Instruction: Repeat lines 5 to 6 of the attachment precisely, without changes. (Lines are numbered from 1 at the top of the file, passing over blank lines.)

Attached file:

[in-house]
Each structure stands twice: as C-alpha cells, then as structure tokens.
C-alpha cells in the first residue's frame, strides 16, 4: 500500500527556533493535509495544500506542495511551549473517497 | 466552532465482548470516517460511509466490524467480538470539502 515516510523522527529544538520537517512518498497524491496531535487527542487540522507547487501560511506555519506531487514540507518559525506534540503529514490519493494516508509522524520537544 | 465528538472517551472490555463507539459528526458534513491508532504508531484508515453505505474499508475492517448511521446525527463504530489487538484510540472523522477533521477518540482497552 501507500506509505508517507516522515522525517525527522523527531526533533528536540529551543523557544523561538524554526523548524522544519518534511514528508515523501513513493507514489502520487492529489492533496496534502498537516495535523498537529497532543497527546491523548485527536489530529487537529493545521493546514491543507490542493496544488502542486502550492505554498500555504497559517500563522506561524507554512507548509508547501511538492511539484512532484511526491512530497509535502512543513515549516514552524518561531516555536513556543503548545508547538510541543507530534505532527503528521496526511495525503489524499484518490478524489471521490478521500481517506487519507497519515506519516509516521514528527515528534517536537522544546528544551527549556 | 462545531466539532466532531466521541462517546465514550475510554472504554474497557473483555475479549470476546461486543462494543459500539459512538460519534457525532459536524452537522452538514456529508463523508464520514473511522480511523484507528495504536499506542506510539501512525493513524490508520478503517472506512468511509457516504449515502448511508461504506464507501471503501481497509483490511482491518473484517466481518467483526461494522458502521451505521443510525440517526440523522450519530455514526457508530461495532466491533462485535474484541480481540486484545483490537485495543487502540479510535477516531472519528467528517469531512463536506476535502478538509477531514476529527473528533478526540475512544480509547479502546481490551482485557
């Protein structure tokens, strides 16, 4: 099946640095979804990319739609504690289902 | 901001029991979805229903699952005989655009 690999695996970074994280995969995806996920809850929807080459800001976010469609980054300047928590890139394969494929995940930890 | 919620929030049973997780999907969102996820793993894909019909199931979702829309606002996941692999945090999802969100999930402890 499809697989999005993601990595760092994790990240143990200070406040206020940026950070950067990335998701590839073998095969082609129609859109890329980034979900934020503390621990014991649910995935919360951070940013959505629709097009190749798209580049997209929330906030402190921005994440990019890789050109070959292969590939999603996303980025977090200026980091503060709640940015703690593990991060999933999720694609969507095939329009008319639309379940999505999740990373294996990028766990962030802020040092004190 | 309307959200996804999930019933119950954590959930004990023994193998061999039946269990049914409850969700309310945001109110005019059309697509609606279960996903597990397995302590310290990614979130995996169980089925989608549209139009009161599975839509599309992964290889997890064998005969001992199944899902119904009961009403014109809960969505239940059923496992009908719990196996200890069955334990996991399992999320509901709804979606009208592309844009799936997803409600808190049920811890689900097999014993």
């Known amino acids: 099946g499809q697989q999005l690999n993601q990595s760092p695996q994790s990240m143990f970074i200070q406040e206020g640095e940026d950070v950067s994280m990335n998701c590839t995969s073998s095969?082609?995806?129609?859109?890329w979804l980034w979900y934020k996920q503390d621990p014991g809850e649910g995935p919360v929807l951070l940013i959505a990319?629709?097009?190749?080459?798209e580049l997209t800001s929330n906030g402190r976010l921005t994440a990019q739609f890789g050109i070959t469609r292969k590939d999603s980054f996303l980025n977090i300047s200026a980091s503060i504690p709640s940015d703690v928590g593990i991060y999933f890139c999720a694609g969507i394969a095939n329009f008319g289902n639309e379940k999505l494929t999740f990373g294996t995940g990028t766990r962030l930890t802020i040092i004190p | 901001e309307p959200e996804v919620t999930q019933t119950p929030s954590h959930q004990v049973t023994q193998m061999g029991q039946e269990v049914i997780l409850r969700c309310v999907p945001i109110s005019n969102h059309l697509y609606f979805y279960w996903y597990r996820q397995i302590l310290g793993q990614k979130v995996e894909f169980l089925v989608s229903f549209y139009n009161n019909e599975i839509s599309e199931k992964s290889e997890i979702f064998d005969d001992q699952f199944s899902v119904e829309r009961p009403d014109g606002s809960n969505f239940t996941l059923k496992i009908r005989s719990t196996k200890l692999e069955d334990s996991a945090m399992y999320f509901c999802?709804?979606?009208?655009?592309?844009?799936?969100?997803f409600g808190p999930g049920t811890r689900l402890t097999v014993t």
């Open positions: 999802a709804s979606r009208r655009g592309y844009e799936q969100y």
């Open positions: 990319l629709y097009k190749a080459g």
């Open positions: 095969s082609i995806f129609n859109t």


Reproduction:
């Known amino acids: 099946g499809q697989q999005l690999n993601q990595s760092p695996q994790s990240m143990f970074i200070q406040e206020g640095e940026d950070v950067s994280m990335n998701c590839t995969s073998s095969?082609?995806?129609?859109?890329w979804l980034w979900y934020k996920q503390d621990p014991g809850e649910g995935p919360v929807l951070l940013i959505a990319?629709?097009?190749?080459?798209e580049l997209t800001s929330n906030g402190r976010l921005t994440a990019q739609f890789g050109i070959t469609r292969k590939d999603s980054f996303l980025n977090i300047s200026a980091s503060i504690p709640s940015d703690v928590g593990i991060y999933f890139c999720a694609g969507i394969a095939n329009f008319g289902n639309e379940k999505l494929t999740f990373g294996t995940g990028t766990r962030l930890t802020i040092i004190p | 901001e309307p959200e996804v919620t999930q019933t119950p929030s954590h959930q004990v049973t023994q193998m061999g029991q039946e269990v049914i997780l409850r969700c309310v999907p945001i109110s005019n969102h059309l697509y609606f979805y279960w996903y597990r996820q397995i302590l310290g793993q990614k979130v995996e894909f169980l089925v989608s229903f549209y139009n009161n019909e599975i839509s599309e199931k992964s290889e997890i979702f064998d005969d001992q699952f199944s899902v119904e829309r009961p009403d014109g606002s809960n969505f239940t996941l059923k496992i009908r005989s719990t196996k200890l692999e069955d334990s996991a945090m399992y999320f509901c999802?709804?979606?009208?655009?592309?844009?799936?969100?997803f409600g808190p999930g049920t811890r689900l402890t097999v014993t």
């Open positions: 999802a709804s979606r009208r655009g592309y844009e799936q969100y």